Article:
Pols decry voter ID laws on Constitution Day

Two Bay Area members of Congress used the Constitution’s birthday today as an occasion to decry voter ID laws – which they call voter-suppression efforts – in some crucial presidential swing states.

Rep. Pete Stark, D-Fremont, issued a statement noting that the U.S. Constitution, at 225 years old, “is the most enduring government charter in world history.” It laid out our national ideals including the right to vote, and that right has been expanded and protected since then, he wrote.

Pete Stark (photo by Aric Crabb)“Unfortunately, voting rights are now at risk due to a series of discriminatory and restrictive voter identification laws enacted at the state level,” Stark said. “If these un-American laws stand, they will impede the democratic process and prevent many Americans from exercising their fundamental right to vote.”

Republican-led legislatures in more than a dozen states have enacted strict new voter ID laws since 2008, claiming they’ll crack down on fraud; Democrats say the laws aim to keep millions of minority, elderly, poor and other voters from casting ballots.

Stark said he’s a proud cosponsor of HR 5799, the “Voter Empowerment Act of 2012” by Rep. John Lewis, D-Ga., which he said “would protect voters’ rights and ensure the integrity of our electoral system. I will continue fighting to protect the right to vote and work to ensure that all eligible citizens are able to participate in our democracy.”

HR 5799 among other things requires states to offer online voter registration; promotes same-day registration; creates requirements for states to promote registration and voting access for the disabled; and prohibits state and local officials from preventing a person from registering or voting in any federal election, or from allowing certain kinds of formal challenges to someone’s registration or eligibility to vote.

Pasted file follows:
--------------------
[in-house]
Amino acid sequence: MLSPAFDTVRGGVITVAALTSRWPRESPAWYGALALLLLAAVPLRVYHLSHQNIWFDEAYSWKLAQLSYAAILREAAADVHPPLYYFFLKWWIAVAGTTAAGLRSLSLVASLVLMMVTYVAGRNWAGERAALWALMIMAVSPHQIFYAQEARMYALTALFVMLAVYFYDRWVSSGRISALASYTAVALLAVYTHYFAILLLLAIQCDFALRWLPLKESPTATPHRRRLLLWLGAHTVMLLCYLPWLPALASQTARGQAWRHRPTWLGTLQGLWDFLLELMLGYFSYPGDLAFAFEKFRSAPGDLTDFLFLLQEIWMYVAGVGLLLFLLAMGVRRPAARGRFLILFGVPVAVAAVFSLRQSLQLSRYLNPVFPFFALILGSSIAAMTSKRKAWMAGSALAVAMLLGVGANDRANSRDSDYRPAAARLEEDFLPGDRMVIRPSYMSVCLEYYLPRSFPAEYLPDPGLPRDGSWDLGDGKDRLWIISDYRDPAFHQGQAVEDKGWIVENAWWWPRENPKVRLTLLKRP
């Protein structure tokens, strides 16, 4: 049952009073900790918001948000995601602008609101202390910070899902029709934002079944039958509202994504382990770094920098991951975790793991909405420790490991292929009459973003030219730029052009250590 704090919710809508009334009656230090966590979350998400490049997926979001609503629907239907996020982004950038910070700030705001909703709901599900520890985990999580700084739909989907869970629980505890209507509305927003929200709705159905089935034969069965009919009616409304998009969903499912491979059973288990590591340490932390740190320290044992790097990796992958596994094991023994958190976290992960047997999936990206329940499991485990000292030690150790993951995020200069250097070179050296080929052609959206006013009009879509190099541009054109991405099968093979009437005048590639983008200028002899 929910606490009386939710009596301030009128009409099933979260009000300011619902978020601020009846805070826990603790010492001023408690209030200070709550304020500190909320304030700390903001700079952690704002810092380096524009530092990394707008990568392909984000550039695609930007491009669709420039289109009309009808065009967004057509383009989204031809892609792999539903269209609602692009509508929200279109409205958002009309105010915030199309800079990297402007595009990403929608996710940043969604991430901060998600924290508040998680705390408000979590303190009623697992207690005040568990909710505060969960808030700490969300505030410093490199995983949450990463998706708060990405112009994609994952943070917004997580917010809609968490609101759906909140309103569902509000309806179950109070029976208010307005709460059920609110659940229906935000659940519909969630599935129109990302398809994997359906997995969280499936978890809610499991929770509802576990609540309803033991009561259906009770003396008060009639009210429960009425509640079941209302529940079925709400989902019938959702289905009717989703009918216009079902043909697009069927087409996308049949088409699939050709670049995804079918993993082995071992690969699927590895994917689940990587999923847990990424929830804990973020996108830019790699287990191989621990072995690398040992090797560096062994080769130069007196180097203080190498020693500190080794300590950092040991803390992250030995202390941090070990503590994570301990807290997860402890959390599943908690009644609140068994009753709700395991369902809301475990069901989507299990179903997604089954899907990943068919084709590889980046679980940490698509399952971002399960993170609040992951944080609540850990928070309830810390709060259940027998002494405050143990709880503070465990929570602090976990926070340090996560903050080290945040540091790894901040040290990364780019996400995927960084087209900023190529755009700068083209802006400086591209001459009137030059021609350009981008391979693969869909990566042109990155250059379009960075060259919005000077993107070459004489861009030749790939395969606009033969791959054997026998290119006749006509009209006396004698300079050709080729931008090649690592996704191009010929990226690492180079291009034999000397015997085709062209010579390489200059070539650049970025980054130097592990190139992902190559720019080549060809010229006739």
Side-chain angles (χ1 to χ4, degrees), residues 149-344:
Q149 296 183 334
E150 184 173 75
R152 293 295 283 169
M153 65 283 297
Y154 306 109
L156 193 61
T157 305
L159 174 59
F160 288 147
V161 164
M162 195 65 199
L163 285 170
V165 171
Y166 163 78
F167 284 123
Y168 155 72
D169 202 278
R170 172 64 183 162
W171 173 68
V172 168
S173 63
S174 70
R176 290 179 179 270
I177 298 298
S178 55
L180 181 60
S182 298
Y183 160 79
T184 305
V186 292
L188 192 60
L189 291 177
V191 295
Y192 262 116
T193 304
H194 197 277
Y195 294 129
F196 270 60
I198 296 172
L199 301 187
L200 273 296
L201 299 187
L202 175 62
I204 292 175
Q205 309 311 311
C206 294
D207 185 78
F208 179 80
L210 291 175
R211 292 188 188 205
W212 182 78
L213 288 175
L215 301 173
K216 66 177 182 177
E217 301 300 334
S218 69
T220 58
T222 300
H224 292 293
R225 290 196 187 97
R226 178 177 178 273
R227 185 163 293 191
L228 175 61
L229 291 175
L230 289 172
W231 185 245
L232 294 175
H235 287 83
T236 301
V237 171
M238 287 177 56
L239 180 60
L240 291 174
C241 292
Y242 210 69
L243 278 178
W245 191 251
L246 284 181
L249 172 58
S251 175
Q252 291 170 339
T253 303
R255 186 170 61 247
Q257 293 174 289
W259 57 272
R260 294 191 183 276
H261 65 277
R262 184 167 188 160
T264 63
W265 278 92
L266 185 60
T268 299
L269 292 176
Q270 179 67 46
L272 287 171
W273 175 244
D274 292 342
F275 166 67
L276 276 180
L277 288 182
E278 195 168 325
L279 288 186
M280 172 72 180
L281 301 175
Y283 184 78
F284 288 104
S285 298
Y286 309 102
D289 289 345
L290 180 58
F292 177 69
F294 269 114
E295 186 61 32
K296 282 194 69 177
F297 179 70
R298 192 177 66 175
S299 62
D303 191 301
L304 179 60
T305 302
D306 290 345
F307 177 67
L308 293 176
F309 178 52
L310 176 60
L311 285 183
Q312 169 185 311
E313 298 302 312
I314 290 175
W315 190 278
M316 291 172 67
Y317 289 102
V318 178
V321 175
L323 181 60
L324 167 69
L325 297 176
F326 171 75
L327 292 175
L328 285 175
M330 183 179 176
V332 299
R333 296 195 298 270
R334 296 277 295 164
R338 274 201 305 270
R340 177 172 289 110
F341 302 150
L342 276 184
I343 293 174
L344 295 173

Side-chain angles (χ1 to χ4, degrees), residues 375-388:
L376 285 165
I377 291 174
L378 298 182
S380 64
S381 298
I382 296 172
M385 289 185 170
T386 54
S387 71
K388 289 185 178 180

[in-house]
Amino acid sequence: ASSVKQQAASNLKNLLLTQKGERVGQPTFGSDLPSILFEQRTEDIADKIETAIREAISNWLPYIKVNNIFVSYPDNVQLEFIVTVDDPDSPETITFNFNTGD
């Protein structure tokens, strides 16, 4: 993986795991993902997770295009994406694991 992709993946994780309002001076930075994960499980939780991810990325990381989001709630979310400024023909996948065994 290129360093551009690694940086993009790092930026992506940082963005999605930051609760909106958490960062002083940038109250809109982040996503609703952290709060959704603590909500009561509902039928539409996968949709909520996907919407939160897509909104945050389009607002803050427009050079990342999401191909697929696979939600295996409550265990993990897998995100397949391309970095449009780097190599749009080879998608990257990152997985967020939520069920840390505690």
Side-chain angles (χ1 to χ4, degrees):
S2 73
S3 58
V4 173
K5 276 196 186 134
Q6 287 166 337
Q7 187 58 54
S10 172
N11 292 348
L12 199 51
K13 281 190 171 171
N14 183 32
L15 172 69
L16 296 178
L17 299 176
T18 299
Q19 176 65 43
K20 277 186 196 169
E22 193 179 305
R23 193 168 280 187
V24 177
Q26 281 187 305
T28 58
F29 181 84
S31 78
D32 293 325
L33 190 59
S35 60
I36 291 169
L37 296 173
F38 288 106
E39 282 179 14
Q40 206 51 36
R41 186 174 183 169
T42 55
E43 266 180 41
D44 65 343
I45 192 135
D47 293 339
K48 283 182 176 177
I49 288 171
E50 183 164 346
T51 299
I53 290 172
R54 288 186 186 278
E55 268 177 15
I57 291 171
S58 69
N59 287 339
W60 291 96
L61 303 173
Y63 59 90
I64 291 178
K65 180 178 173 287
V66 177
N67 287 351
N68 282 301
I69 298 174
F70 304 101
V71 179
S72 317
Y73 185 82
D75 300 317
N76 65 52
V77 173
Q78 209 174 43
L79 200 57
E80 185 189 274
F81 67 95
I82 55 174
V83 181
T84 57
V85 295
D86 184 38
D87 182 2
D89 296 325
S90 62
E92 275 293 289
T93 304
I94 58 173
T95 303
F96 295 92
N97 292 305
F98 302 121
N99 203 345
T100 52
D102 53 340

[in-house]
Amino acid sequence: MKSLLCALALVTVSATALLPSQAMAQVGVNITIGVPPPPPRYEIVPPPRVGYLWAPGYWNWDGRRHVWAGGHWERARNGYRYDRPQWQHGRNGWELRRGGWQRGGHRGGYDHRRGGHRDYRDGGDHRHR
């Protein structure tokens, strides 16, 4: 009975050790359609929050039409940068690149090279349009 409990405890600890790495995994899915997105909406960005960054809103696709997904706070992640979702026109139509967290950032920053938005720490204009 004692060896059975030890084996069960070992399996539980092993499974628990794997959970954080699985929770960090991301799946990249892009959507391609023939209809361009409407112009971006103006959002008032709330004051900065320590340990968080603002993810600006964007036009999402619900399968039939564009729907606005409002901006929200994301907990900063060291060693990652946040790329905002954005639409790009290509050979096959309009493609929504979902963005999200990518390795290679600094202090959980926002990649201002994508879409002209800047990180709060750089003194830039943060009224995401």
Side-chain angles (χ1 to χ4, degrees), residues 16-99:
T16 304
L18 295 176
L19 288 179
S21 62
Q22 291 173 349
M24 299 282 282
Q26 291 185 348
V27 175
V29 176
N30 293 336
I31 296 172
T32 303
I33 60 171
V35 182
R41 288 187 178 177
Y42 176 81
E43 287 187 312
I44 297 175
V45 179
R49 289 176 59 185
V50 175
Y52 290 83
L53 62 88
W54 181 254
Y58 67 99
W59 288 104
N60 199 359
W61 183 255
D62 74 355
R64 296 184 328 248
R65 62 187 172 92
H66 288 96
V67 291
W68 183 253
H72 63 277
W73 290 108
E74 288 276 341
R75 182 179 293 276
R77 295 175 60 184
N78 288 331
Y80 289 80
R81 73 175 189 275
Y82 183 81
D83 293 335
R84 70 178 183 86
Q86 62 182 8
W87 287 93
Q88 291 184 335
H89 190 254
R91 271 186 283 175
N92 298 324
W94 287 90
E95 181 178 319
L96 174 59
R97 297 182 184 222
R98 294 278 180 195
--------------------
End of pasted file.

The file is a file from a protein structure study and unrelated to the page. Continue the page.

Also among that bill’s 140 cosponsors is Rep. Mike Honda, D-Campbell, who had an op-ed piece published today on the Huffington Post and The Hill taking Republicans to task for attacking constitutional voting rights.

honda.jpg“The Republican attacks on these amendments, and their attacks on the Voting Rights Act of 1965, aim to cut the legs of citizenship from beneath us. Republicans are prohibiting access to the ballot for minorities, the elderly and young people who have been, and continue to be, historically disenfranchised,” Honda wrote. “We have fought these fights before, and it’s shameful that we have to still fight for these rights today. But fight we will. If we can vote, then we must register. If we can share time, then we must volunteer. If you believe in preserving access to our democracy, then we must speak out.”

Congress and state lawmakers should be educating citizens “instead of road blocking citizenship rights for which thousands have fought and died. We must be educating on pathways to citizenship, not restricting individuals from access to our democracy. Early voting, absentee ballots and in-language assistance are all key pillars of voting, and it is unfortunate that Democrats have to fight tooth and nail to retain them.”

Josh Richman